Tatiana: You were responsible for the programming and the generating of visuals, but did you participate in choosing the dancers and the style of the dancers, or did Trisha do that on her own?
She was responsible for the choreography, but we were collaborating. She saw our stuff as early as possible, we saw her movements as early as possible and we saw the dance together, while it was just material without choreography. So we both declared our sensibility very early on, and then met frequently, but we worked it out in our own separate spaces. You have to leave the decisions of choreography to the choreographer, because she is just so much better at it than me. Working together is about mutual respect and trust.

Tatiana: As a media artist I see my life as a long process. When I make a new piece I develop techniques and perspective s that go beyond the piece itself and point forward to later works. Did you develop something, while working on this piece, which you didn't imagine before, and which you would like to take further in future works?
We worked on this piece for two and a half years and it was fantastic because it gave me the opportunity to build tools for this piece, instead of just making the piece. A whole programming language was invented for two minutes of this work. This way of working functioned very well, it allowed this collaboration to occur, but at the same time it assured that there is way more stuff left out than put in. If you never come back to that, then it is not a sustainable way of working.

I think there is a transition from exploring, getting excited -even calling for that excitement to occur- and to the phase where you are finishing the piece. At that juncture you almost have to promise yourself another work to follow, to allow yourself the freedom to drop material that has been hard won, but doesn't belong in the work.

Digital imagery from 'How long does the subject linger on the edge of the volume.'. Courtesy of the artists.

Tatiana: Are you still interested in working with dancers?
Maybe, I have a tendency of not wanting to do the same thing again, so I don't necessarily want to work with a choreographer for while, but human motion is still thrilling. The next piece will have human motion in it, it probably won't be choreographed and there won't be a dancer. We, meaning myself, Paul and Shelly, are moving back to public artwork installations in our next commission.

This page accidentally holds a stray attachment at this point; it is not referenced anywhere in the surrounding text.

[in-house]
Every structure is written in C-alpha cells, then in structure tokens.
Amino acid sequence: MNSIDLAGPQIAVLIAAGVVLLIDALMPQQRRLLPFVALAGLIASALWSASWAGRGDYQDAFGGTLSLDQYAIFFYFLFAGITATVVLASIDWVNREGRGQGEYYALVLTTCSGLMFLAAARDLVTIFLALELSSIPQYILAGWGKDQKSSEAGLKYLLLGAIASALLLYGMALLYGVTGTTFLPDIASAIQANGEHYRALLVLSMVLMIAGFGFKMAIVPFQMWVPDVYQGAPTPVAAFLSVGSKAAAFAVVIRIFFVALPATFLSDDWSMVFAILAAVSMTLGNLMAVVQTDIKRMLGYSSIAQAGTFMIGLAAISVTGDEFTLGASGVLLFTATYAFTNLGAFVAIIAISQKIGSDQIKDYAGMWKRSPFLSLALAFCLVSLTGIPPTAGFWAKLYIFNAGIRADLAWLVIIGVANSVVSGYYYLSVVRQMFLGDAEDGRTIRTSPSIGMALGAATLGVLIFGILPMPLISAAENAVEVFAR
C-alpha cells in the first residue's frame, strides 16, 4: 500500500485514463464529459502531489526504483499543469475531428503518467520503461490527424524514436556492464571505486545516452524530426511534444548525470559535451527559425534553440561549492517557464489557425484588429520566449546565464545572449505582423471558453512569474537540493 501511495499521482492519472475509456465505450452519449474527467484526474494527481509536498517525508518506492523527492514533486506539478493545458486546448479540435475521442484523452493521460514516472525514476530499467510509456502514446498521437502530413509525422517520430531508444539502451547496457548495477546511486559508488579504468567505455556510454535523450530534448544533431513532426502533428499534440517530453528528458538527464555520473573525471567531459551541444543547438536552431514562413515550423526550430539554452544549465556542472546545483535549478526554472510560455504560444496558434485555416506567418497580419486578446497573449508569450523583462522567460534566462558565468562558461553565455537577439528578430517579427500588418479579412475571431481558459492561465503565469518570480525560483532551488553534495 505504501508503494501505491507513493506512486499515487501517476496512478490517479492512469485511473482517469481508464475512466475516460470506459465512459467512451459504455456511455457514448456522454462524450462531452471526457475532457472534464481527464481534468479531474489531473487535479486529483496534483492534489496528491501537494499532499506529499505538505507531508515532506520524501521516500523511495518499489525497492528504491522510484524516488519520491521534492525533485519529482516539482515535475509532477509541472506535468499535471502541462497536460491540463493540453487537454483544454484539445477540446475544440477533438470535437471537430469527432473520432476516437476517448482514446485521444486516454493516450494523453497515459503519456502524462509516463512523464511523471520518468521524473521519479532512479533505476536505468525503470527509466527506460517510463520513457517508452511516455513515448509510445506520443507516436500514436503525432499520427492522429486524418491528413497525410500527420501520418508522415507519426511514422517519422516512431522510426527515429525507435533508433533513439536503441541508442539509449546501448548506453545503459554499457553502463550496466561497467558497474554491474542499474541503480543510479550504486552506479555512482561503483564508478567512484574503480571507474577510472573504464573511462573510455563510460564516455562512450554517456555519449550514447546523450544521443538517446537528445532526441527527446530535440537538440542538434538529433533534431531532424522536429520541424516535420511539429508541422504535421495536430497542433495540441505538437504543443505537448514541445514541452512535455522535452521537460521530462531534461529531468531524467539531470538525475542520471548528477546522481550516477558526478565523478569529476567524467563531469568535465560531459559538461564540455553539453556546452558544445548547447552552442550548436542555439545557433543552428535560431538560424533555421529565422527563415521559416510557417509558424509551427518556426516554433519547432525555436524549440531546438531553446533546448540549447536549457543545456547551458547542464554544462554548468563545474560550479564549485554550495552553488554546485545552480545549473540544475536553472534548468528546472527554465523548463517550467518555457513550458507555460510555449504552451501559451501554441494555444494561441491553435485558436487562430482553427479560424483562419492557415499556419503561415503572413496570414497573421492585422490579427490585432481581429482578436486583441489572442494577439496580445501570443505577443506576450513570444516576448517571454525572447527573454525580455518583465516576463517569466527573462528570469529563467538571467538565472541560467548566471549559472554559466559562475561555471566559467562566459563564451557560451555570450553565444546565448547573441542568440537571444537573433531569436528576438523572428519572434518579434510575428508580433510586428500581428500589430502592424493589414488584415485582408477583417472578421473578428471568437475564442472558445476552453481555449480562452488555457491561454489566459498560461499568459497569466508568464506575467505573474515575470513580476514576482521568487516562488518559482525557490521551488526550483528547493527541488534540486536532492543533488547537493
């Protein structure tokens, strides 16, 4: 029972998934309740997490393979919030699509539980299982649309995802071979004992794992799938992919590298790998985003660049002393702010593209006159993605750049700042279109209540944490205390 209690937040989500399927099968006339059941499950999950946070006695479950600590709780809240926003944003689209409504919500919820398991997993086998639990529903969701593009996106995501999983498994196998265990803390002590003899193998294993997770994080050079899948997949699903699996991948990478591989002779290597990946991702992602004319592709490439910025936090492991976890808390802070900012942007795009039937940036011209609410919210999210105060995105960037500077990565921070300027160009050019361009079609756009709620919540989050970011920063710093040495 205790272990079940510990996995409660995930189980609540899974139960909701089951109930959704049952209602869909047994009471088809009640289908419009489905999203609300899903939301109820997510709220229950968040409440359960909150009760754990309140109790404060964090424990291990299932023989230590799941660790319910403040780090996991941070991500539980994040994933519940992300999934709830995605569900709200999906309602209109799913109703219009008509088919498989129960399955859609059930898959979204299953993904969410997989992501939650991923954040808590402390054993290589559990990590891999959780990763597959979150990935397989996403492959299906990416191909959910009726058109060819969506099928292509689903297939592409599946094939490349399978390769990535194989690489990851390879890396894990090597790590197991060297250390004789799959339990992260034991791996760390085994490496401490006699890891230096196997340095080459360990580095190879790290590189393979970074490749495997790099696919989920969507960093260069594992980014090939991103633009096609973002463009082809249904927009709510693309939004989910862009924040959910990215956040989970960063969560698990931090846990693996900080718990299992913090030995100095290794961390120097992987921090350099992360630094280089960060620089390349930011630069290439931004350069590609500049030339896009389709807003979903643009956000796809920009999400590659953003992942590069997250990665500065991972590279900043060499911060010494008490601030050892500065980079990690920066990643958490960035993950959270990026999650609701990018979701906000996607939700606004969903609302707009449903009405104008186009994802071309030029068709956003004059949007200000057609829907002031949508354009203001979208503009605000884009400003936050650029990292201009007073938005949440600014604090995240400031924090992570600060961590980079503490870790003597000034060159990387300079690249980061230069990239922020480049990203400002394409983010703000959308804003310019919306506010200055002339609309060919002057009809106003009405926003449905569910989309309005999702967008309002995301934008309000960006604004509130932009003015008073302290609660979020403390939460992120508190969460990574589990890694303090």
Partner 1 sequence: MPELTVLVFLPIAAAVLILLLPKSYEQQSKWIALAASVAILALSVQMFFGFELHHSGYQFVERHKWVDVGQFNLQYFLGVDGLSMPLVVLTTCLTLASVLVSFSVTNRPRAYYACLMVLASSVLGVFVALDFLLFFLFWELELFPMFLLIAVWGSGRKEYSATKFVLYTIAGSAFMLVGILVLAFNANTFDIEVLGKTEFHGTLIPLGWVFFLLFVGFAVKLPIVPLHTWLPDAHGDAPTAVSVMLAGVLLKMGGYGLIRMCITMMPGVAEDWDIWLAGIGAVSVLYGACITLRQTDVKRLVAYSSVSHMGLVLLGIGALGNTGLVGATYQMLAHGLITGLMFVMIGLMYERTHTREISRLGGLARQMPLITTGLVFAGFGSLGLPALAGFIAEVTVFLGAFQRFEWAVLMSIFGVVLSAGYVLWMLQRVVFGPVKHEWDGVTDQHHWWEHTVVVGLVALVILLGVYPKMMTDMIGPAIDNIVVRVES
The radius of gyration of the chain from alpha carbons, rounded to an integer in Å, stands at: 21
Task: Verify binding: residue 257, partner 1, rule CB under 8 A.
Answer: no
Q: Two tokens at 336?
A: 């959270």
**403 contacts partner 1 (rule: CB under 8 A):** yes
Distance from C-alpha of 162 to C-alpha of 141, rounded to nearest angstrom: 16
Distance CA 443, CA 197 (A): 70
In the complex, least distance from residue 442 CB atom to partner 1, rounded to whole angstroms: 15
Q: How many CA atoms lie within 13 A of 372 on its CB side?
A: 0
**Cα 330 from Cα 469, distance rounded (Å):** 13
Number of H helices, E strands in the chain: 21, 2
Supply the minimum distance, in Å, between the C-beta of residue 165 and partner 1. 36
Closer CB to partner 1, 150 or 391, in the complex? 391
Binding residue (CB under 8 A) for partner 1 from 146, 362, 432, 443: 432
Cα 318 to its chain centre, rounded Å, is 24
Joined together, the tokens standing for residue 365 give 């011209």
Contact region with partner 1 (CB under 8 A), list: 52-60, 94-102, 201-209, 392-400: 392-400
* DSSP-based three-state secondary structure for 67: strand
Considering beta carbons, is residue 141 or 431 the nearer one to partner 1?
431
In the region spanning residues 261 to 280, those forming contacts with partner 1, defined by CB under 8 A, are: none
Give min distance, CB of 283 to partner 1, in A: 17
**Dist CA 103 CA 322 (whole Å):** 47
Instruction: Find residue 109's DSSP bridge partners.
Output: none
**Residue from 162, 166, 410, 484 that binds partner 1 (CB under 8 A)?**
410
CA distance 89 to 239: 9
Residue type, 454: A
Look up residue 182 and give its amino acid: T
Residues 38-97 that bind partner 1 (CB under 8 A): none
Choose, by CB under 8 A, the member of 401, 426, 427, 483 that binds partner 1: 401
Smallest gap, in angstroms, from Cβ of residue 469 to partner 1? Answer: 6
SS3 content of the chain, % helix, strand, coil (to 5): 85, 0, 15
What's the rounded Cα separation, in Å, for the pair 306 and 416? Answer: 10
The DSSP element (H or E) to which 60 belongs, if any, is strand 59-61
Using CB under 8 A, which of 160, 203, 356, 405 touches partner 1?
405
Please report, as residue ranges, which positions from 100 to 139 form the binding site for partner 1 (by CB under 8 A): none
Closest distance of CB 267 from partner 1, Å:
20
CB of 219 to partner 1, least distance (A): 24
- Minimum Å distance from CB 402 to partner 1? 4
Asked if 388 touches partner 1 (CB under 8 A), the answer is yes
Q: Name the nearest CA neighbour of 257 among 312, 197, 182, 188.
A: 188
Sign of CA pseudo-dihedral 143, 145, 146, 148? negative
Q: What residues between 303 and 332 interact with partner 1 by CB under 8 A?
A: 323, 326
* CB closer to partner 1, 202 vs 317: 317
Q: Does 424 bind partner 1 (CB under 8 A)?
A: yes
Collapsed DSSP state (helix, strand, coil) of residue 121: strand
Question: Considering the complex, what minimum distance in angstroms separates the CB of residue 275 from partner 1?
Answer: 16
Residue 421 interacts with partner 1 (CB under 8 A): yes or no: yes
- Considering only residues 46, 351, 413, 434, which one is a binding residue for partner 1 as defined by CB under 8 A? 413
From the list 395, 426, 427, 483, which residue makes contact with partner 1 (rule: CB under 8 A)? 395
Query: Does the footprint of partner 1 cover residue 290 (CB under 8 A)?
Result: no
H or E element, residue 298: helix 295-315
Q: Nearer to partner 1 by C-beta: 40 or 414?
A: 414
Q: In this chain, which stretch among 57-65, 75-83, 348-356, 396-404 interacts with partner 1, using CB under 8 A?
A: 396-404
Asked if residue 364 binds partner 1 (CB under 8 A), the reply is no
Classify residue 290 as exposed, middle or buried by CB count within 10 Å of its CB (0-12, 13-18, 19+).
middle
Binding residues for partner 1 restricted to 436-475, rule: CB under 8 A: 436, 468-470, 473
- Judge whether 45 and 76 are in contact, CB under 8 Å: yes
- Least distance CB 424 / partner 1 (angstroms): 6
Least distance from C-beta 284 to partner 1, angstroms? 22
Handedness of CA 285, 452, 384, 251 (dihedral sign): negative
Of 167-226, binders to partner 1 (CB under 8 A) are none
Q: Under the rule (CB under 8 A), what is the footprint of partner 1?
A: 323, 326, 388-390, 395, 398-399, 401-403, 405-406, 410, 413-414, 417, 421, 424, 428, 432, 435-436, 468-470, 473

Tatiana: Every art form has its own language and its own audience. I think this performance shows how media can reveal new potentials and add a new layer of experience to a dance performance. In what way do you feel that the creative alliance, between a classical art form and new media, is reflected in the reactions of the audience?
I think (I hope?) that this work has an audience that is substantially broader, or at least substantially more varied, than either modern dance or new media. Yet at the same time this piece can be seen in the context of both, and as a bridge between both. Ideally, it shows a deep connection between 'new media' and what choreographers have been doing for decades (not everything about new media is as new as some would have us believe).

Emil: A last question; 'How long does the subject linger on the edge of the volume.' doesn't seem like a usual title for an art performance. How did the title occur?
Trisha claims to have overheard the phrase being said early on in the workshops - an engineer was wondering aloud how long the dancer, (the subject) that he was supposed to be calibrating, was going to remain at the (difficult to capture) edge of the volume of space that the motion capture cameras all cover. You see, the title could have been much longer.